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Popcorn Fall

Popcorn Pictures

Reviewing the best (and worst) of horror, sci-fi and fantasy since 2000

  • Andrew Smith

Night of the Big Heat (1967)

"Searing terror! Burning in its intensity!"


Whilst the rest of Britain freezes in deepest winter, the northern island of Fara bakes in usually hot weather. The crew at the Met station have no idea what is causing this heat but when people start to hear strange noises and are found scorched to death, the locals begin to suspect something deadly is at hand. A scientist on the island studying this phenomenon believes that the island is being used a beachhead for an invasion by aliens who need high temperatures to survive.


Terence Fisher was one of the core figures at the centre of Hammer Film Productions' emergence as the top horror-making company in the late 50s and early 60s. However, due to creative differences, he left the studio during the 60s to go and work elsewhere. It's during this time he made a loose trilogy of sci-fi films (the others being The Earth Dies Screaming and Island of Terror, both of which are two of my favourite films). The Night of the Big Heat is the third film he made and is just as strong as the other films, at least until the aliens turn up which ironically, was the problem the other two films faced. Based upon the 1959 novel of the same name, the script was originally meant for television but was tweaked for the big screen.

Night of the Big Heat sets up the familiar tropes: we are given the traditional isolationist community in peril, introduced to a few of the key local characters and an odd moment or two where some minor character is killed by an off-screen menace to build up the threat and tension. There's nothing different about the approach to the film than anything else of the period - keep the monsters out of sight until the very end is the key here. But a good job is done to keep us interested throughout - the pace is quite brisk and there is a foreboding sense of doom. We're in no hurry to see the aliens and for most of the time the buzzing noise that they make is enough to keep us just a little bit scared and curious as to what they'll look like. The constant sight of people being killed off by bright lights does get a bit laughable - they're humans, not vampires. Some of the science is also bordering on the nonsensical too but when it's delivered by Christopher Lee or Peter Cushing, it sounds like scientific fact.

When you do see the aliens, they look awful. It's a total let down for the finale, especially as it is the point in the film where everything is supposed to come to a head, not descend into a farce. They seem to be the leftovers of the Silicates from Island of Terror, with a lightbulb slapped inside them to make them appear bright. If the slow, sliding monsters from that one did little to send shivers down your spine, then these creatures are worse. They get a lot less screen time than their predecessors and look a lot less manoeuvrable than before, taking away plenty of menace. Director Terence Fisher was always better with vampires than he was aliens and it shows in his approach to the extra-terrestrial threat. Things are wrapped up a bit too quickly given how long it took to get there but budget constraints clearly hampered things.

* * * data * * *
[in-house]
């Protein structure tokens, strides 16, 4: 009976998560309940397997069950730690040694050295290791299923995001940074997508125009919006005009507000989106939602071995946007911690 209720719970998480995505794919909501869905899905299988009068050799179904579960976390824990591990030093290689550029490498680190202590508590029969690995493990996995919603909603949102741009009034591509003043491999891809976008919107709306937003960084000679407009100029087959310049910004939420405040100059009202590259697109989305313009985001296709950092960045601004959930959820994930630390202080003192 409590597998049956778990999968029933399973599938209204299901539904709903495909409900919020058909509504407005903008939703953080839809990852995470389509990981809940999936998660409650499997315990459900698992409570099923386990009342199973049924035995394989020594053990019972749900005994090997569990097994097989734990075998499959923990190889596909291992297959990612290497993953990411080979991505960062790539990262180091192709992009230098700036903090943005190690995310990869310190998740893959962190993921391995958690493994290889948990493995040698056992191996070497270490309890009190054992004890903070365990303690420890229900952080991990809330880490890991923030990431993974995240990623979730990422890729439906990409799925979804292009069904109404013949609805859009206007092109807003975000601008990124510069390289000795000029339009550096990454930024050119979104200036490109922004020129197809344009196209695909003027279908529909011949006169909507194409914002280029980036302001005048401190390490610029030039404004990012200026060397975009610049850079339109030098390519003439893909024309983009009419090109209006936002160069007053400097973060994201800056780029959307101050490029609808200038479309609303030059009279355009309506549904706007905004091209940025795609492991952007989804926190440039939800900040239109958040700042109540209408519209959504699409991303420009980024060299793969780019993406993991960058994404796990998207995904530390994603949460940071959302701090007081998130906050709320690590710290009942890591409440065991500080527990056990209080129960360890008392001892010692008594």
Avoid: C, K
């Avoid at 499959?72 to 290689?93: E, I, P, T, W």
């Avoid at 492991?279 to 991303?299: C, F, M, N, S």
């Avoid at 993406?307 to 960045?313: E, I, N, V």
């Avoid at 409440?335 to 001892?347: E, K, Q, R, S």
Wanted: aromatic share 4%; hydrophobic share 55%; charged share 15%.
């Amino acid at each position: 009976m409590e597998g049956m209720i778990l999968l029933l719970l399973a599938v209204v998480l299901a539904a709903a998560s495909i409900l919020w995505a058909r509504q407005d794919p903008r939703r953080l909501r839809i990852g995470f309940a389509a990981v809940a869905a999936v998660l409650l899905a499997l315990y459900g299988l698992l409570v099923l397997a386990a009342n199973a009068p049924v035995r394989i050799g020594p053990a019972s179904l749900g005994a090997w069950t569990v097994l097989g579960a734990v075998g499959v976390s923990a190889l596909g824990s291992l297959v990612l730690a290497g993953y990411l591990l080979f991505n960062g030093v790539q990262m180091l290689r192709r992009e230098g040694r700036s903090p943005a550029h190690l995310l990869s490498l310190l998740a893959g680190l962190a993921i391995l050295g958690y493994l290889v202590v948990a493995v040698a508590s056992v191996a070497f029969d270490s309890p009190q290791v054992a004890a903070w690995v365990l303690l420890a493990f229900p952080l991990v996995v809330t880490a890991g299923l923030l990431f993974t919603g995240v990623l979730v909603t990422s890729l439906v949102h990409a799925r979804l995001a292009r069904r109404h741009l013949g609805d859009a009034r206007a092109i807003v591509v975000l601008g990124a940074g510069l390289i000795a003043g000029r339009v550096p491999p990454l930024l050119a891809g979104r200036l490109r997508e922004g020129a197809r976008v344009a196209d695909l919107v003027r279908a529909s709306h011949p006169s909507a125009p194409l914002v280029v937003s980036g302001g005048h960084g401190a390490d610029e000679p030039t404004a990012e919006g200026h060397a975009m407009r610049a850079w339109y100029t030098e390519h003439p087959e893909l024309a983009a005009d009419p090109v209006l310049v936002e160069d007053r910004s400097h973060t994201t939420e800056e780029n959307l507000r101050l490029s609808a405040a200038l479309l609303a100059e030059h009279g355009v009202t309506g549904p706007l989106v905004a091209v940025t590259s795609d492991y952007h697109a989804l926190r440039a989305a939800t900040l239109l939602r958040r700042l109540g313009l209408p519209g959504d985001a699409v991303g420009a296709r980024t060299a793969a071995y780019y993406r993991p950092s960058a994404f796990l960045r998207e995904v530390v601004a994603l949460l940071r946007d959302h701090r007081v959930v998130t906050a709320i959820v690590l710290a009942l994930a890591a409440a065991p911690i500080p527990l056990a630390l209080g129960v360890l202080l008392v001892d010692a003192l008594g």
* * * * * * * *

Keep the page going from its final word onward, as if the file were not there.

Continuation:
Filmed during winter, the actors were forced to wear damp shirts and had glycerine smothered over their faces to give the illusion that it's hot - and believe me you will sweat during this film just watching them. You can almost feel the heat burning from the screen at times. Peter Cushing keeps his suit on all of the time though which is a bit worrying especially as it's supposed to be really hot - you'd think the guy would be sweating a bit. It's unfortunate that Cushing is given such a limited part in this film but as usual, he is excellent. I've never seen him give a bad performance - ever. Even in some of the rubbish which he starred in, Cushing was always head and shoulders above the material.

Unlike the others in the cast, Cushing actually manages to make us believe everything that's happening. Christopher Lee as the arrogant and abrasive scientist Godfrey Hanson doesn't really work - he's such a complete and utter asshole but we're supposed to root for him? Lee doesn't convince as much as he should and needs to here but he admits in the DVD commentary that the script was changed so often that the actors tended to ignore it most of the time since the changes were even worse. Patrick Allen also has a big role here and I wouldn't have mentioned him except for the fact he's got arguably one the most recognisable voices from this era. Just like in The Body Stealers, Allen has managed to bag the role of a womaniser and the unconvincing love triangle plot that's forced down our throats with him, his wife and secretary. It's pretty pointless, doesn't go anywhere and doesn't add anything to the plot except pad it out and give Allen more females to play tonsil hockey with.

**Spoilers ahead**

This is one of the few films that I can recall where neither Lee or Cushing actually make it to the end alive.

**End Spoilers**


Final Verdict

Night of the Big Heat doesn't rank with the best work of Fisher, Lee or Cushing but it's still a great dose of British sci-fi horror from the 60s. If, like me, you're a Cushing and Lee nut, then you'll watch it regardless but for those who aren't, there is better work out there.


Night of the Big Heat

Also Known As: Island of the Burning Damned

Director(s): Terence Fisher

Writer(s): Ronald Liles (screen play by), John Lymington (based on a novel by), Pip Baker (additional scenes & dialogue by), Jane Baker (additional scenes & dialogue by)

Actor(s): Christopher Lee, Patrick Allen, Peter Cushing, Jane Merrow, Sarah Lawson, William Lucas, Kenneth Cope

Duration: 94 mins


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